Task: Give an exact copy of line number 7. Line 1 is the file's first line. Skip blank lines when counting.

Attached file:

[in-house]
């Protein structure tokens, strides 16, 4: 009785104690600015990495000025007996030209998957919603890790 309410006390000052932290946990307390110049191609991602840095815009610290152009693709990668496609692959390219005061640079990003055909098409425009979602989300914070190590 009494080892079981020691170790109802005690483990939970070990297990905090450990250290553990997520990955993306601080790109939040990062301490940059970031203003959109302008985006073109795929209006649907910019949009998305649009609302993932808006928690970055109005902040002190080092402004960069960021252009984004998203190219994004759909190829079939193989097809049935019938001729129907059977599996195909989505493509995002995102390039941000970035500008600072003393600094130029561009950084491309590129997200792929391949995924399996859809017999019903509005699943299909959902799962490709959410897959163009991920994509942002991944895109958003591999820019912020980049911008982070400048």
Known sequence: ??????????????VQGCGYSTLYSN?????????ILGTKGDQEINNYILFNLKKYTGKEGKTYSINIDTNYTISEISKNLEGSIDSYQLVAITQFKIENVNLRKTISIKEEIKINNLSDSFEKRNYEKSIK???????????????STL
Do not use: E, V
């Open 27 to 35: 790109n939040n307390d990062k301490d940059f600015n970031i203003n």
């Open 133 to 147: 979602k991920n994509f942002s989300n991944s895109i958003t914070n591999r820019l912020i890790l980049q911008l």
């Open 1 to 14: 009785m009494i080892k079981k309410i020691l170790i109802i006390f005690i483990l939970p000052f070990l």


């Open 1 to 14: 009785m009494i080892k079981k309410i020691l170790i109802i006390f005690i483990l939970p000052f070990l």